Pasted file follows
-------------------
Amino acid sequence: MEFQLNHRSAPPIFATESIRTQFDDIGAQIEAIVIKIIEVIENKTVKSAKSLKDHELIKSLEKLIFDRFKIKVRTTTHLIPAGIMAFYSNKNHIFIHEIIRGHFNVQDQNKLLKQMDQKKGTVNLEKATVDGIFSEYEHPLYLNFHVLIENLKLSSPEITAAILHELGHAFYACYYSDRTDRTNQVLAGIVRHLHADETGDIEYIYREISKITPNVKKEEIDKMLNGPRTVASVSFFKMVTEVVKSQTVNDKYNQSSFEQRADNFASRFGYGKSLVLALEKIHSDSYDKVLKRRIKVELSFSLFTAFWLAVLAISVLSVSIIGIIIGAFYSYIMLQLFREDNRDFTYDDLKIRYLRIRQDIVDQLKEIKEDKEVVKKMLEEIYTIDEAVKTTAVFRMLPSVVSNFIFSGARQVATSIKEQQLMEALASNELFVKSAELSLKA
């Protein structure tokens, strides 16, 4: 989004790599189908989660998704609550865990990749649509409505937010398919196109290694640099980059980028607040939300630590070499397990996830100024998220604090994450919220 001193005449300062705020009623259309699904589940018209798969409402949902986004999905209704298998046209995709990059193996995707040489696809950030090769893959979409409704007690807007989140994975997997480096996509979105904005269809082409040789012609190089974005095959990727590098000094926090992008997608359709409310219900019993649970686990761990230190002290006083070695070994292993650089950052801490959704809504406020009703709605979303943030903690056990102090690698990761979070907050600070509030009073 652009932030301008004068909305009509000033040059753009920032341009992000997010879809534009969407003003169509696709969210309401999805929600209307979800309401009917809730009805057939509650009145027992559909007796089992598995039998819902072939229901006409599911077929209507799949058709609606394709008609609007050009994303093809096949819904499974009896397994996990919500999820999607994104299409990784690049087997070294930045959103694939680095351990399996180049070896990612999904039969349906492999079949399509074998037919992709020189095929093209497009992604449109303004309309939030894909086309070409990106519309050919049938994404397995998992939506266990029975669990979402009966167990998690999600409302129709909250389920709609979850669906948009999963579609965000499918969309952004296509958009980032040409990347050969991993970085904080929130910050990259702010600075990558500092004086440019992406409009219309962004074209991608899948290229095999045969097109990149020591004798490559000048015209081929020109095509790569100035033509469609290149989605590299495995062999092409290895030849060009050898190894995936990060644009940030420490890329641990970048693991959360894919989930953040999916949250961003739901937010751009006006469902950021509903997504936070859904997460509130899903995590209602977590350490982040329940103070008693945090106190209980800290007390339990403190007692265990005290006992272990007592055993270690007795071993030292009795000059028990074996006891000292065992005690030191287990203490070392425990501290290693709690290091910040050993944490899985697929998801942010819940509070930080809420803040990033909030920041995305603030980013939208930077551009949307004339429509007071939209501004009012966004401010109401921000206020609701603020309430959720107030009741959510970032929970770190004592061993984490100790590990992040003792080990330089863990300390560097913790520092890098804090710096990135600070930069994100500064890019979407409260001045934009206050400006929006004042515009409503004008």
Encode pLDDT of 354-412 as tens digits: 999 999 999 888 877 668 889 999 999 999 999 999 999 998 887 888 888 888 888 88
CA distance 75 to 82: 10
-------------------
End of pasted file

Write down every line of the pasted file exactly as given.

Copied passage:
Amino acid sequence: MEFQLNHRSAPPIFATESIRTQFDDIGAQIEAIVIKIIEVIENKTVKSAKSLKDHELIKSLEKLIFDRFKIKVRTTTHLIPAGIMAFYSNKNHIFIHEIIRGHFNVQDQNKLLKQMDQKKGTVNLEKATVDGIFSEYEHPLYLNFHVLIENLKLSSPEITAAILHELGHAFYACYYSDRTDRTNQVLAGIVRHLHADETGDIEYIYREISKITPNVKKEEIDKMLNGPRTVASVSFFKMVTEVVKSQTVNDKYNQSSFEQRADNFASRFGYGKSLVLALEKIHSDSYDKVLKRRIKVELSFSLFTAFWLAVLAISVLSVSIIGIIIGAFYSYIMLQLFREDNRDFTYDDLKIRYLRIRQDIVDQLKEIKEDKEVVKKMLEEIYTIDEAVKTTAVFRMLPSVVSNFIFSGARQVATSIKEQQLMEALASNELFVKSAELSLKA
């Protein structure tokens, strides 16, 4: 989004790599189908989660998704609550865990990749649509409505937010398919196109290694640099980059980028607040939300630590070499397990996830100024998220604090994450919220 001193005449300062705020009623259309699904589940018209798969409402949902986004999905209704298998046209995709990059193996995707040489696809950030090769893959979409409704007690807007989140994975997997480096996509979105904005269809082409040789012609190089974005095959990727590098000094926090992008997608359709409310219900019993649970686990761990230190002290006083070695070994292993650089950052801490959704809504406020009703709605979303943030903690056990102090690698990761979070907050600070509030009073 652009932030301008004068909305009509000033040059753009920032341009992000997010879809534009969407003003169509696709969210309401999805929600209307979800309401009917809730009805057939509650009145027992559909007796089992598995039998819902072939229901006409599911077929209507799949058709609606394709008609609007050009994303093809096949819904499974009896397994996990919500999820999607994104299409990784690049087997070294930045959103694939680095351990399996180049070896990612999904039969349906492999079949399509074998037919992709020189095929093209497009992604449109303004309309939030894909086309070409990106519309050919049938994404397995998992939506266990029975669990979402009966167990998690999600409302129709909250389920709609979850669906948009999963579609965000499918969309952004296509958009980032040409990347050969991993970085904080929130910050990259702010600075990558500092004086440019992406409009219309962004074209991608899948290229095999045969097109990149020591004798490559000048015209081929020109095509790569100035033509469609290149989605590299495995062999092409290895030849060009050898190894995936990060644009940030420490890329641990970048693991959360894919989930953040999916949250961003739901937010751009006006469902950021509903997504936070859904997460509130899903995590209602977590350490982040329940103070008693945090106190209980800290007390339990403190007692265990005290006992272990007592055993270690007795071993030292009795000059028990074996006891000292065992005690030191287990203490070392425990501290290693709690290091910040050993944490899985697929998801942010819940509070930080809420803040990033909030920041995305603030980013939208930077551009949307004339429509007071939209501004009012966004401010109401921000206020609701603020309430959720107030009741959510970032929970770190004592061993984490100790590990992040003792080990330089863990300390560097913790520092890098804090710096990135600070930069994100500064890019979407409260001045934009206050400006929006004042515009409503004008």
Encode pLDDT of 354-412 as tens digits: 999 999 999 888 877 668 889 999 999 999 999 999 999 998 887 888 888 888 888 88
CA distance 75 to 82: 10